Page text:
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Private equity harms patients
New study shows worst outcomes, patient harm and higher costs after profit-driven PE firms take over health care institutions
Last March, I wrote a story for GoozNews and the Washington Monthly that described how care went downhill after private equity firms took over health care institutions. I focused on one safety net hospital near Philadelphia, which experienced severe cuts and was driven to the edge of bankruptcy after its takeover by a Los Angeles-based PE firm.
About a month later, I was invited by the editors of the British Medical Journal to write an editorial commenting on a new study that reviewed all the academic studies that have looked at this troubling trend. Here’s a link to the study, which appeared yesterday and is entitled: “Evaluating trends in private equity ownership and impacts on health outcomes, costs, and quality: systematic review.”
For those of you who don’t wish to plow through the dense prose (and heavily footnoted copy) in the medical literature, here’s the press release sent out by the editors of BMJ:
Private equity takeovers of healthcare services linked to patient harm
Review suggests that costs tend to rise and quality falls at acquired healthcare providers
Private equity ownership of healthcare services such as nursing homes and hospitals is associated with harmful impacts on costs and quality of care, suggests a review of the latest evidence published by The BMJ today.
No consistently beneficial impacts of private equity ownership were identified, and the researchers say these results confirm the need for more research on private equity ownership in healthcare and possibly increased regulation.
Private equity firms use capital from wealthy individuals and large institutional investors to buy companies, and, after a relatively brief period of ownership, sell them for substantial returns. Over the past decade, private equity firms have increasingly invested in, acquired, and consolidated healthcare facilities, with global healthcare buyouts exceeding $200bn (£157bn; €184bn) since 2021 alone.
But despite much speculation, it’s still not clear what impact private equity ownership of healthcare operators has on costs, quality of care, and health outcomes.
To address this uncertainty, researchers analysed the results of 55 studies (47 focused exclusively on the US) published in peer reviewed journals in the past two decades.
Nursing homes were the most commonly studied settings, followed by hospitals and dermatology facilities. The studies were designed differently, and were of varying quality, but the researchers were able to allow for that in their analysis.
Nine of 12 studies showed higher costs to patients or payers at health facilities owned by private equity firms (harmful impact), three found no differences, and none showed lower costs (beneficial impact).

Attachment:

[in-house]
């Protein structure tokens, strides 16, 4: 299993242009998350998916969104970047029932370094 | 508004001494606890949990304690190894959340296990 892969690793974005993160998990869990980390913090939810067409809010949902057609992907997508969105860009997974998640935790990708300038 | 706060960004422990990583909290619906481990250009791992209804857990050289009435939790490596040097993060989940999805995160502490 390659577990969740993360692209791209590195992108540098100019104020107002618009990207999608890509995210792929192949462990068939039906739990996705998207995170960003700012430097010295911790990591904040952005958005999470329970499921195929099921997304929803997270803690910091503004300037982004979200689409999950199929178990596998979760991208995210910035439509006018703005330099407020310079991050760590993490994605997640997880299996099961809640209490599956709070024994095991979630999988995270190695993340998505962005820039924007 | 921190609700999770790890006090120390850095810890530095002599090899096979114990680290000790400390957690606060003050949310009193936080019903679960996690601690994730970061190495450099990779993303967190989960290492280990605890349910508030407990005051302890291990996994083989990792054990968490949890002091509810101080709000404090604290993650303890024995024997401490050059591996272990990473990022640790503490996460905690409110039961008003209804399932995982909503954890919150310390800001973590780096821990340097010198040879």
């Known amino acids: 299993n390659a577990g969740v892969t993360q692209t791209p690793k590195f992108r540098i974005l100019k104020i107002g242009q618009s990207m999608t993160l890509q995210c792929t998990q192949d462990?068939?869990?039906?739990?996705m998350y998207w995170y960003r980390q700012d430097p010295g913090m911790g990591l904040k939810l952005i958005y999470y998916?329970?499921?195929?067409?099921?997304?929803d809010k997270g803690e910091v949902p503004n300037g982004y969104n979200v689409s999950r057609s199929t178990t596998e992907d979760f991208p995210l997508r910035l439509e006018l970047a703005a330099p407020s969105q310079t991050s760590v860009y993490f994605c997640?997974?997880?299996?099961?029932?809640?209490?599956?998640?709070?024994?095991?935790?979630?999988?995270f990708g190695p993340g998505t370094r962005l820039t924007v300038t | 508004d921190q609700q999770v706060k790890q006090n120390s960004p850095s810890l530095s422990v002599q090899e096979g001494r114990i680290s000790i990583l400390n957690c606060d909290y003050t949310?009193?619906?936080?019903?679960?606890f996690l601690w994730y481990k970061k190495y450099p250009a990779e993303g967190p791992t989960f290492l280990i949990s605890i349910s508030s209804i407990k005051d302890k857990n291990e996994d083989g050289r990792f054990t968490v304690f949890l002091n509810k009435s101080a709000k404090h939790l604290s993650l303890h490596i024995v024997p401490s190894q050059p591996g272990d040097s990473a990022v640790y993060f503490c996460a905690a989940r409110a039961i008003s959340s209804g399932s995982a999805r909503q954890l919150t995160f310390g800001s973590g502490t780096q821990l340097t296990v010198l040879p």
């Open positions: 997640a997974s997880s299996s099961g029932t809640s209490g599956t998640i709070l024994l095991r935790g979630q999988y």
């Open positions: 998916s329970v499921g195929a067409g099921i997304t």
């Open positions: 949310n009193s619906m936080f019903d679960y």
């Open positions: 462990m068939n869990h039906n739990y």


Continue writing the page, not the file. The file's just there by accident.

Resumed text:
Private equity ownership was also associated with mixed to harmful impacts on quality. Of 27 studies that assessed healthcare quality, 12 found harmful impacts, three found beneficial impacts, nine found mixed impacts (some quality measures declined, some improved), and in three the results were neutral.
Health outcomes showed both beneficial and harmful results, as did costs to operators, but the volume of studies for these outcomes was too low for any definitive conclusions to be drawn.
When nursing homes were analysed separately, private equity ownership often had mixed impacts on quality, but the researchers point out that more evidence suggests a degradation rather than an improvement in quality, such as a decrease in nurse staffing or a shift to lower nursing skill mix.
The researchers acknowledge that they did not differentiate between different types of private equity investment and ownership, and were unable to assess larger possible impacts of private equity on access to care. And because most of the included studies occurred in the US, the impacts identified may not apply to all global settings.
Nevertheless, they say this study fills a gap in the current literature on private equity ownership in healthcare, and presents emergent patterns related to private equity ownership that other studies have been unable to synthesise.
As such, they say: “The results of this study confirm the need for increased rigorous research on private equity ownership in healthcare, particularly its impacts on health outcomes and system costs and in other non-US settings, such as Europe.”
“This said, the current body of evidence is robust enough to confirm that private equity ownership is a consequential and increasingly prominent element in healthcare, warranting surveillance, reporting, and possibly increased regulation.”
“Unfortunately, it is much harder to identify legislative solutions to quality problems at provider organisations owned by private equity firms,” says journalist Merrill Goozner, in a linked editorial.
He acknowledges that a few US states “have begun contemplating closer scrutiny of proposed private equity acquisitions” but says public officials “clearly need new and more effective tools for reviewing and approving the terms of private equity’s involvement in healthcare.”
The best time to stop the deterioration in healthcare quality associated with takeovers is before it starts, he writes. “Higher quality studies on patient safety and outcomes and the effect of private equity takeovers on communities would greatly bolster the case for legislators proposing stricter regulations.”
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